ATLANTA — Basketball is back.
It’s a great sport to watch in person, but an NBA ticket to the game now comes with new responsibility.
The change comes after a push from players and headlines involving some of the game's biggest stars that have put fans' bad behavior in the spotlight.
The NBA is moving to address players' concerns about fan behavior, that some say is getting worse with zero tolerance.
A key factor is often race. Most NBA players are black and frequently those in the closest seats are white. Many of the most notable cases have involved racist taunts, but white players have reported nastiness from fans as well.
That's why the league is strengthening its fan code of conduct, warning those closest to the players and the action, that anything over the line could cause them to be ejected from the game and more.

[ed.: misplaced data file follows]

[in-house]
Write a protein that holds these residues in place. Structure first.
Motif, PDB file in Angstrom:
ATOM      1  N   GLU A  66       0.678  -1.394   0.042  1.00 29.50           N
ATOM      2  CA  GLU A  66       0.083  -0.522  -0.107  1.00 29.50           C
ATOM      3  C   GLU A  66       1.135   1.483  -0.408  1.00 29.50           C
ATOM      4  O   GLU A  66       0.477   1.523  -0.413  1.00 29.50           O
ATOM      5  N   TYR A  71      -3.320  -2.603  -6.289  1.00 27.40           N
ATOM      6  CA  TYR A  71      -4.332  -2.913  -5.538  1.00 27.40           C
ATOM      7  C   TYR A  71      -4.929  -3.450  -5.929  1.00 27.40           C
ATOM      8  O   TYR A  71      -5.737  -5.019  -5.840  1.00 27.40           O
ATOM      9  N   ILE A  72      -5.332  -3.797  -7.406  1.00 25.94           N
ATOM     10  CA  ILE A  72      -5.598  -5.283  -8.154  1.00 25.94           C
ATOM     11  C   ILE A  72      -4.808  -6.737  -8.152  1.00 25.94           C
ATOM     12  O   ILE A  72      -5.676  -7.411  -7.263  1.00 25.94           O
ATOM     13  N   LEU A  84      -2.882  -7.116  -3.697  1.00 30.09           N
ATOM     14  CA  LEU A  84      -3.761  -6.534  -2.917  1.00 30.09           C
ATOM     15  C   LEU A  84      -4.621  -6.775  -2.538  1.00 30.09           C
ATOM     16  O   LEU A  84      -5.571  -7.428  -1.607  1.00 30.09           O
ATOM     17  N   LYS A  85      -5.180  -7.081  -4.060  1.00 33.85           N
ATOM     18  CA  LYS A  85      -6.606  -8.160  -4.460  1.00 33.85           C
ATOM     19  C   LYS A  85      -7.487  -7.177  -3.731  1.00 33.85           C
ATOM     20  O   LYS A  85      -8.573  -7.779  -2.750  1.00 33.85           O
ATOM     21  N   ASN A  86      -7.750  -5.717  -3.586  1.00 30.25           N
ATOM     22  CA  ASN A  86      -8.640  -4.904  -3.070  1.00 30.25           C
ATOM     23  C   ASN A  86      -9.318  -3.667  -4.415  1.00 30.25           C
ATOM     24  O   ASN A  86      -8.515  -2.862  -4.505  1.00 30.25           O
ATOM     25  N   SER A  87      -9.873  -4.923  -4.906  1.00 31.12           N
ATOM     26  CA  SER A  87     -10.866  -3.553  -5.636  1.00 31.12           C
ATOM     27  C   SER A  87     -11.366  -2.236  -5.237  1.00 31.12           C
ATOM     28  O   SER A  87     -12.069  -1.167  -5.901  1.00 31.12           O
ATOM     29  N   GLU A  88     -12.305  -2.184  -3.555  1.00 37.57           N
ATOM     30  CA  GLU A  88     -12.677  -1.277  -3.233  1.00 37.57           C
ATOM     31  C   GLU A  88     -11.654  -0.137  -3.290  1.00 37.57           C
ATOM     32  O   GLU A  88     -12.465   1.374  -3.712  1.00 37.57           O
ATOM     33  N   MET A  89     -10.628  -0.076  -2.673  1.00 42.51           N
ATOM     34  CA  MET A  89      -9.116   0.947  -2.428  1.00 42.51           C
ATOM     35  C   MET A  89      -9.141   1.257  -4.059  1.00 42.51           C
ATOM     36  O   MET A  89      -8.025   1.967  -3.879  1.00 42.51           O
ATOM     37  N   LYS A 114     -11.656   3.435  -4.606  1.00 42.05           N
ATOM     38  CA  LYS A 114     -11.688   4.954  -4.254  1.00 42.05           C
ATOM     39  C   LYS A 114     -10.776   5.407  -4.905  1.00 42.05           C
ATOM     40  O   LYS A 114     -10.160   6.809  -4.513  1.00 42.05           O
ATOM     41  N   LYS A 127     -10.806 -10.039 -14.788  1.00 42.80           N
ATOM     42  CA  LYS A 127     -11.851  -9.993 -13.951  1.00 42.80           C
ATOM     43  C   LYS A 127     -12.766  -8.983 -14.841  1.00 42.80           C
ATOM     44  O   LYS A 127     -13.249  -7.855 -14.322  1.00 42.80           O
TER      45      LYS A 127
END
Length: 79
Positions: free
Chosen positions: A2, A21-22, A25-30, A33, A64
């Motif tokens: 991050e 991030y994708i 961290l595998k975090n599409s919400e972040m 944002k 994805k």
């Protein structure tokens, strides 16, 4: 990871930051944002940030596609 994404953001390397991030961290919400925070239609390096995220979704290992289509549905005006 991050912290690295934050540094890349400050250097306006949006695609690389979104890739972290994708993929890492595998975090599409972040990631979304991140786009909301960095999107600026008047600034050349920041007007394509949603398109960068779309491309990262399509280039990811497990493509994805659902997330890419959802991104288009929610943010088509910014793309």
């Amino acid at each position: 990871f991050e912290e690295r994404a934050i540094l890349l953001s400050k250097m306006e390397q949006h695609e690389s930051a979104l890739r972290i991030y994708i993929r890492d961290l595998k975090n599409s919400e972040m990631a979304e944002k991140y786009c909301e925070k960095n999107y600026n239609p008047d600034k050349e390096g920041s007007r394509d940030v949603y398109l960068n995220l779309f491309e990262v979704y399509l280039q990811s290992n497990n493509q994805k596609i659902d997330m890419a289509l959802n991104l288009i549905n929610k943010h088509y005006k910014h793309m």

It includes discriminatory or hateful language based on gender, sexual orientation, race. Anything not related to basketball. That means that "your momma" taunt from the crowd, could get you kicked out.
The league is also expanding the areas it closely monitors for player-fan interactions. The focus previously was on those seated within feet of the court, or maybe the first few courtside rows. Now, it will increase to several rows deep in every building, plus areas where the team and referees enter and exit the court.
The fan code of conduct will also be shown more frequently during games, and season-ticket holders have been notified they could lose their seats if a guest or person they've given their tickets to goes too far in harassing players or officials.
The NBA wouldn't release exact numbers on these types of cases, but did say fan ejections from courtside more than doubled last season.
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